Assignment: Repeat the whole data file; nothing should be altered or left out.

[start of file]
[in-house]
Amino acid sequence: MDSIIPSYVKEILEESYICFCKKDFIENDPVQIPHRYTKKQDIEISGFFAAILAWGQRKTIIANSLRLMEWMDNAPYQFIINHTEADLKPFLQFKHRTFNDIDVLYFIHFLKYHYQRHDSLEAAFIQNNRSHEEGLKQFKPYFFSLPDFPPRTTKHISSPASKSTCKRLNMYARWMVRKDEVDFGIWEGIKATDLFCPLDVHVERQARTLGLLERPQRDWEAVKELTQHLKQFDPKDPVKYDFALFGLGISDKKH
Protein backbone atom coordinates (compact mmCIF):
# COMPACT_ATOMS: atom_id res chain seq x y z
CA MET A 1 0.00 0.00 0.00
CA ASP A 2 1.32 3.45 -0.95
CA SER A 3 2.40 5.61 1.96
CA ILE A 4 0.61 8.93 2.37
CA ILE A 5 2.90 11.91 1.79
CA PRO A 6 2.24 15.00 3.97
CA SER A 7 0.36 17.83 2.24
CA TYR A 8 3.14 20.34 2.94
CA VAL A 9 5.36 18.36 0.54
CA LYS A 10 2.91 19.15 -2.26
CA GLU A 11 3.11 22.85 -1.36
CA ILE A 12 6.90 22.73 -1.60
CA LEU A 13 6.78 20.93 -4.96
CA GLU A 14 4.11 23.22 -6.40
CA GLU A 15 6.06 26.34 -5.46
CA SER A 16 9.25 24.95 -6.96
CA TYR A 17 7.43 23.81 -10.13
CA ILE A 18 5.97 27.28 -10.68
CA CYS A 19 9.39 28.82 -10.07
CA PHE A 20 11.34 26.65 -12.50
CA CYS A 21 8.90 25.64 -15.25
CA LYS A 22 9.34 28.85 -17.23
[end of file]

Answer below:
[in-house]
Amino acid sequence: MDSIIPSYVKEILEESYICFCKKDFIENDPVQIPHRYTKKQDIEISGFFAAILAWGQRKTIIANSLRLMEWMDNAPYQFIINHTEADLKPFLQFKHRTFNDIDVLYFIHFLKYHYQRHDSLEAAFIQNNRSHEEGLKQFKPYFFSLPDFPPRTTKHISSPASKSTCKRLNMYARWMVRKDEVDFGIWEGIKATDLFCPLDVHVERQARTLGLLERPQRDWEAVKELTQHLKQFDPKDPVKYDFALFGLGISDKKH
Protein backbone atom coordinates (compact mmCIF):
# COMPACT_ATOMS: atom_id res chain seq x y z
CA MET A 1 0.00 0.00 0.00
CA ASP A 2 1.32 3.45 -0.95
CA SER A 3 2.40 5.61 1.96
CA ILE A 4 0.61 8.93 2.37
CA ILE A 5 2.90 11.91 1.79
CA PRO A 6 2.24 15.00 3.97
CA SER A 7 0.36 17.83 2.24
CA TYR A 8 3.14 20.34 2.94
CA VAL A 9 5.36 18.36 0.54
CA LYS A 10 2.91 19.15 -2.26
CA GLU A 11 3.11 22.85 -1.36
CA ILE A 12 6.90 22.73 -1.60
CA LEU A 13 6.78 20.93 -4.96
CA GLU A 14 4.11 23.22 -6.40
CA GLU A 15 6.06 26.34 -5.46
CA SER A 16 9.25 24.95 -6.96
CA TYR A 17 7.43 23.81 -10.13
CA ILE A 18 5.97 27.28 -10.68
CA CYS A 19 9.39 28.82 -10.07
CA PHE A 20 11.34 26.65 -12.50
CA CYS A 21 8.90 25.64 -15.25
CA LYS A 22 9.34 28.85 -17.23